The opinion of the court was delivered by: ASPEN
MARVIN E. ASPEN, Chief Judge:
Plaintiffs Roy, Marilyn, and Lillian Fugman, and the Estate of George Oskvarek, have brought suit against the defendants, Aprogenex, Inc., Joel Bresser, Donald Payne, and Luis Canterero, for securities fraud.
Aprogenex now moves to dismiss the Complaint pursuant to Rule 12(b)(6) of the Federal Rules of Civil Procedure. For the reasons set forth below, the motion is granted in part and denied in part.
I. Motion to Dismiss Standard
Dismissal under Rule 12(b)(6) is improper "unless it appears beyond doubt that the plaintiff can prove no set of facts in support of his claim which would entitle him to relief." Conley v. Gibson, 355 U.S. 41, 45-46, 2 L. Ed. 2d 80, 78 S. Ct. 99 (1957). For purposes of this motion, we must take all of the well-pleaded factual allegations in the complaint as true, and construe them in the light most favorable to the plaintiff. See Richmond v. Nationwide Cassel L.P., 52 F.3d 640, 644 (7th Cir. 1995).
Like many other contemporary securities fraud cases, this case involves a failed investment in speculative technology. The defendant, Aprogenex, is a Delaware corporation that sought to develop a diagnostic test system (the "GenSite system") to identify the presence and extent of certain prenatal genetic abnormalities and diseases. See Compl. P 14. The GenSite system was designed to perform tests which would identify abnormal fetal cells in the mother's blood and permit early diagnosis of up to 95% of prenatal genetic abnormalities. See id. Aprogenex believed that its test could be performed at one-third the cost of existing procedures while minimizing the risks associated with them, such as spontaneous miscarriage or injury to the fetus. See id. P 15. Given that the GenSite system would be cheaper, more reliable, and safer than the available alternatives, the company expected high profit margins and a large sales volume when the system reached the market. See id.
Aprogenex's written public disclosures expressed considerable confidence in its ability to deliver a marketable product in the near future. During 1994, the company indicated that it expected to begin sales in Europe in the third quarter of 1995, and revealed that it had contracted with a European company to handle product distribution there. See id. P 17. In its SEC filings in early 1995, Aprogenex stated that in addition to product development, a principal focus of its efforts in the coming year would be obtaining regulatory approval for the GenSite system in the United States, see id. P 19, and in its amended filing in late October 1995 the company continued to express optimism that its system would soon be marketable, see id. P 21. Aprogenex's publications, however, repeatedly emphasized that the company's success was contingent on the success of its research and development efforts. See id. PP 18, 20.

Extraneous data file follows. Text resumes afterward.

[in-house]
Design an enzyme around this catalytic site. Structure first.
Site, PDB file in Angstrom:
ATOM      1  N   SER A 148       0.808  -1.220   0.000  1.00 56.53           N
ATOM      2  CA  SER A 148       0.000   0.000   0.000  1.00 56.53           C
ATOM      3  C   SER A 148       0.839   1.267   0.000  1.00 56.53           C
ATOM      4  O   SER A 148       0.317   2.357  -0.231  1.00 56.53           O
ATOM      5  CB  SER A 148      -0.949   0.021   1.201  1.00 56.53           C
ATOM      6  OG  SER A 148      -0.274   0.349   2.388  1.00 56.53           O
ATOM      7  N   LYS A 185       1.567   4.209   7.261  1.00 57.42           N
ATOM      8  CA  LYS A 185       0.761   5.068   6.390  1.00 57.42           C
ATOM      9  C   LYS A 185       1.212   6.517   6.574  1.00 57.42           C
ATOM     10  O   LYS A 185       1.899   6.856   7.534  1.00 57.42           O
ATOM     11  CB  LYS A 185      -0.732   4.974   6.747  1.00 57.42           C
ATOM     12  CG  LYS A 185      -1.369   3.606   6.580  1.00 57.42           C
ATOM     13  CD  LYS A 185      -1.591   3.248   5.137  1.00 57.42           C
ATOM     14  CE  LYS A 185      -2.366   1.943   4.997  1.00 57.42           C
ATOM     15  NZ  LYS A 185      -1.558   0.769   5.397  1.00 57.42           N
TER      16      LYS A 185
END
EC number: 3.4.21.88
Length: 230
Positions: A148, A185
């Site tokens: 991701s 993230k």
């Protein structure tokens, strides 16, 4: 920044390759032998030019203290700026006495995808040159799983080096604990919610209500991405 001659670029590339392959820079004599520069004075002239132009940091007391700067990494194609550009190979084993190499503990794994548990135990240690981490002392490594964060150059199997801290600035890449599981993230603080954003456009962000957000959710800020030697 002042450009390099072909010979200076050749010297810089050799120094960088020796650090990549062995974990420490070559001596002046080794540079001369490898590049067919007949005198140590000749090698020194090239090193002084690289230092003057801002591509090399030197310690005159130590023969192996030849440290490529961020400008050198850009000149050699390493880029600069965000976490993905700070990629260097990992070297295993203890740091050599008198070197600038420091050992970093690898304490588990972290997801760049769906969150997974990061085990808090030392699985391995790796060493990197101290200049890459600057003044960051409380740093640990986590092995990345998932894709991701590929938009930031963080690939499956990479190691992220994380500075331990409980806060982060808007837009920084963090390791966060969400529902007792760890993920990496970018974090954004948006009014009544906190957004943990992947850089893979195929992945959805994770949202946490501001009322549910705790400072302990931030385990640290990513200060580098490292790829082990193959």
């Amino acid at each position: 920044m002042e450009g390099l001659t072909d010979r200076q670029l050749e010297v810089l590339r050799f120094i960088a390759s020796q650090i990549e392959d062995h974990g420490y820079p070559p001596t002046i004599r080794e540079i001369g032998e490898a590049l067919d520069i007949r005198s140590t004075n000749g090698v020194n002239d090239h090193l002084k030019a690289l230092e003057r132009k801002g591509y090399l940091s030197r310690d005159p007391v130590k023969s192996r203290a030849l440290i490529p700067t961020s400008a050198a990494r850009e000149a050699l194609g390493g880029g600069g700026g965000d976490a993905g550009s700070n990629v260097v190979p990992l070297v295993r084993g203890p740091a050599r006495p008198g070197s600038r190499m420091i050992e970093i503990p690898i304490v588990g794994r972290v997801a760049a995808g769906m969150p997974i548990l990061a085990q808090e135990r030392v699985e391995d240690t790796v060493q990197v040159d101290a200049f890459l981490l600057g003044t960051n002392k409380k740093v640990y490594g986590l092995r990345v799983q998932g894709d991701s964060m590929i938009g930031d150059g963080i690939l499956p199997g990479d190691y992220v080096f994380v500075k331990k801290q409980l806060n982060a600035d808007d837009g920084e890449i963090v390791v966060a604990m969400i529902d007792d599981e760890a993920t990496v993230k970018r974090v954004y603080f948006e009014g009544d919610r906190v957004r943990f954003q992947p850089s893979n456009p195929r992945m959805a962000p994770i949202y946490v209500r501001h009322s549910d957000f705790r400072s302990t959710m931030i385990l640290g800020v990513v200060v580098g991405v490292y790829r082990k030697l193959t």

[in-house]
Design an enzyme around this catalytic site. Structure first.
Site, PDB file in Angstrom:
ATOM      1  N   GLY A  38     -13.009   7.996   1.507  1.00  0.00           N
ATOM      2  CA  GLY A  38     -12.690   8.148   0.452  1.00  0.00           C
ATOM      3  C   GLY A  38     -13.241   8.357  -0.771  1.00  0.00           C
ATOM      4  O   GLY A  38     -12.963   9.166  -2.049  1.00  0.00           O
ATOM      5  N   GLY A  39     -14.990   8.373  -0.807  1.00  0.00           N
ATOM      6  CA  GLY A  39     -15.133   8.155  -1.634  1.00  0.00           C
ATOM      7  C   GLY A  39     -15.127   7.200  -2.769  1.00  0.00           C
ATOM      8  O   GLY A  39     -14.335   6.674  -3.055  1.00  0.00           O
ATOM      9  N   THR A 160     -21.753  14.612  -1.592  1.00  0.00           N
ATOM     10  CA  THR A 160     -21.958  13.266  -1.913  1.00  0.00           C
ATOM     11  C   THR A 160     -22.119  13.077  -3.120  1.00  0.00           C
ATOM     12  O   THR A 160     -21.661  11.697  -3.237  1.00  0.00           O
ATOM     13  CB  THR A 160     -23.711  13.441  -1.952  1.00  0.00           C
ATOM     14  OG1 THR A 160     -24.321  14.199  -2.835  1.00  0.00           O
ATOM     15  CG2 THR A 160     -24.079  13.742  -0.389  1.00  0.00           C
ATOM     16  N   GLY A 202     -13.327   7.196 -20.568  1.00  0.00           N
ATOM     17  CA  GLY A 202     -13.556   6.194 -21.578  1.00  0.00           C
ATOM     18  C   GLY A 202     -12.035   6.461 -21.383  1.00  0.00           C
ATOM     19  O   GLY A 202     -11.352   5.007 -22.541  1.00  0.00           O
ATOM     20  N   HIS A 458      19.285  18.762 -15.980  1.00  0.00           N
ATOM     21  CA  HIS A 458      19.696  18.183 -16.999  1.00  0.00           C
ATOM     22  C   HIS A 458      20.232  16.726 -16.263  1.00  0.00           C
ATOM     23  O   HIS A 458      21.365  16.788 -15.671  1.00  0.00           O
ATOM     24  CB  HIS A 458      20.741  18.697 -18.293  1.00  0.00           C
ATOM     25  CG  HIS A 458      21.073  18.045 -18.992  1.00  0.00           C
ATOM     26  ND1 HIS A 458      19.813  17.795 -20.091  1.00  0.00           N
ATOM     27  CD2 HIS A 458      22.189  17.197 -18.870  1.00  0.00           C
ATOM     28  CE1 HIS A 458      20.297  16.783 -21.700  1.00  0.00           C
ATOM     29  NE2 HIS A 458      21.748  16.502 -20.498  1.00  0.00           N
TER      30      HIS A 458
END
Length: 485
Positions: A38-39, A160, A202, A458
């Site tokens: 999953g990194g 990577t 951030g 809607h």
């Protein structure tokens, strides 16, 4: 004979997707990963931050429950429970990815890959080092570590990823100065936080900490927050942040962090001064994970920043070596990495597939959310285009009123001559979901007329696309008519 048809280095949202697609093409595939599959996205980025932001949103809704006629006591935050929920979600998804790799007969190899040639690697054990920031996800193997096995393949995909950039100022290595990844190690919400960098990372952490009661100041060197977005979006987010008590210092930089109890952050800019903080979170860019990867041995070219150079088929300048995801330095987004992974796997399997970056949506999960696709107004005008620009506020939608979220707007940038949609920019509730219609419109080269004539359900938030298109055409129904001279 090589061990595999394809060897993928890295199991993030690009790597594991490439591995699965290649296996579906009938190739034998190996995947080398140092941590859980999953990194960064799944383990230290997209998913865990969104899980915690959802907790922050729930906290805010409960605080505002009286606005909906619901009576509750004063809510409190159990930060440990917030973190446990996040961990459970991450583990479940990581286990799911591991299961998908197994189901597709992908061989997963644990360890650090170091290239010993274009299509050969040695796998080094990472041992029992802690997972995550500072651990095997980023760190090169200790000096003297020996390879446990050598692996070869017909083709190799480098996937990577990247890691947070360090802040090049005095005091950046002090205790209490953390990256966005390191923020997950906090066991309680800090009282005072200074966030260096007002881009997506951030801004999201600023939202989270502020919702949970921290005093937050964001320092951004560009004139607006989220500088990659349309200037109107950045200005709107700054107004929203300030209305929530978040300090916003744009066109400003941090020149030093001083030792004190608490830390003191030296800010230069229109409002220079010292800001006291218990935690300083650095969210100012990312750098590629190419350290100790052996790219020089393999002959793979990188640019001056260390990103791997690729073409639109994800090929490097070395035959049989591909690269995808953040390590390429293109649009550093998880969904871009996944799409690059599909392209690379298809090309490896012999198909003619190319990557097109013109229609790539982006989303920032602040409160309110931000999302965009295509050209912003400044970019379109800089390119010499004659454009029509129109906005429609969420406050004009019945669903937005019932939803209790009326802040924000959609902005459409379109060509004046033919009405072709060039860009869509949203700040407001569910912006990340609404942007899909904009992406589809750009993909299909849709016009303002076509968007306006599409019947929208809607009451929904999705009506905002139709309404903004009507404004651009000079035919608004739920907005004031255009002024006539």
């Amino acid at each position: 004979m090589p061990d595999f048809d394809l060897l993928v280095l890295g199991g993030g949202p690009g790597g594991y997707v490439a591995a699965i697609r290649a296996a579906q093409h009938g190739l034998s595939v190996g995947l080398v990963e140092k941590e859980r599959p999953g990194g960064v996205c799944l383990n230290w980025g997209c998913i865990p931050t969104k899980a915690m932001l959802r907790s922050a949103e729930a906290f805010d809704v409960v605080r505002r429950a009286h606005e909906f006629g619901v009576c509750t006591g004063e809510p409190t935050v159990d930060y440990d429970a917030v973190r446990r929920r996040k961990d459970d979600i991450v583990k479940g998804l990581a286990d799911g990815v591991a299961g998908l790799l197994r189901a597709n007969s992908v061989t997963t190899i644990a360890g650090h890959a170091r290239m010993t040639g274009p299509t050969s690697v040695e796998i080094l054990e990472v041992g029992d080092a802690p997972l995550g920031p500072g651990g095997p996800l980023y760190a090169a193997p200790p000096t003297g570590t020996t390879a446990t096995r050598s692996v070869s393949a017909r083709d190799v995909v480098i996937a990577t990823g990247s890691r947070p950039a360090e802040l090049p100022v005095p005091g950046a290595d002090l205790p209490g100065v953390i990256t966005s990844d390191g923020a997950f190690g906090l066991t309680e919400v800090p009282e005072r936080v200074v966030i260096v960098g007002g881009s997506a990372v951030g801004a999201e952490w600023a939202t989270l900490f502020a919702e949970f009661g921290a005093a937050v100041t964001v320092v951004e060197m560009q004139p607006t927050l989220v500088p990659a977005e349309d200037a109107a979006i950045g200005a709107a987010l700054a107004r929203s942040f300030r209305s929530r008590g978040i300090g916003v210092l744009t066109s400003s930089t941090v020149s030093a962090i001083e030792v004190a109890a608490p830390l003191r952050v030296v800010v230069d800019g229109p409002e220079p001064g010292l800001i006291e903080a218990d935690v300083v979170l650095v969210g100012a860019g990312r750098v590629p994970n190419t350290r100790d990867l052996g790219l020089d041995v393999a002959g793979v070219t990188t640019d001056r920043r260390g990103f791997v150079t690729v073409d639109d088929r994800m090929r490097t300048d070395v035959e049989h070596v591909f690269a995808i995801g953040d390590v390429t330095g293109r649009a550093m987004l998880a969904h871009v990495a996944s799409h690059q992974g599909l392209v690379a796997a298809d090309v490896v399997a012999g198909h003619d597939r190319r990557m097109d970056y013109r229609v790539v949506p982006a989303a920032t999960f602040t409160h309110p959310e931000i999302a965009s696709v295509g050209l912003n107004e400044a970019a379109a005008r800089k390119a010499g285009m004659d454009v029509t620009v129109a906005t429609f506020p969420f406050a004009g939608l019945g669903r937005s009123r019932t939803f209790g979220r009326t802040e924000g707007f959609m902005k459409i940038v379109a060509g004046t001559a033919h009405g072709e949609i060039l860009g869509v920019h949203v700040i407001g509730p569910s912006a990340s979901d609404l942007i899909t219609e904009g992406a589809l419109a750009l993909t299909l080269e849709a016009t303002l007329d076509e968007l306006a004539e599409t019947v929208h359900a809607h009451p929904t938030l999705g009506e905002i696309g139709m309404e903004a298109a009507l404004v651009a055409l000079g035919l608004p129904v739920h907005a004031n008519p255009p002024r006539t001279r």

The oral statements of Aprogenex officials regarding the company's prospects were even more effusively optimistic than those contained in the written disclosures. These officials repeatedly assured the plaintiffs, through their broker, Joseph Baba, that the GenSite system would be commercially viable. See id, PP 24-27. The Complaint contains a lengthy catalogue of these assurances, which included such items as: (1) a prediction that the European revenues from the GenSite kit would be $ 30-40 million in its first year of sales, at a profit margin of 60%; (2) a disclosure that financier Carl Icahn had expressed an interest in purchasing up to 20% of Aprogenex's stock; and (3) a claim that pre-clinical work on the GenSite system had been completed. See id. P 27. Despite these assurances, Baba became concerned when a report issued by Hoak Securities in the summer of 1995 suggested that Aprogenex had not yet completed the essential "cell enrichment" component of the GenSite system. See id. In response to Baba's inquiries, Aprogenex officials stated that the problems with the cell enrichment component had been "fixed," and reiterated their earlier claims that the system would be introduced into the European market in short order. See id. PP 27, 33-34. They also suggested that Abbott Laboratories and other big players in the industry were interested in the company and might engage in a "bidding war" to acquire its stock. See id. P 27. They dismissed the cautionary language in their public disclosures as inaccurate and indicated that the language existed only because it was "required by the lawyers." See id. Baba requested copies of the scientific reports that would substantiate the company's claims that the cell enrichment component was viable, but Aprogenex refused to provide these documents due to "confidentiality concerns." See id.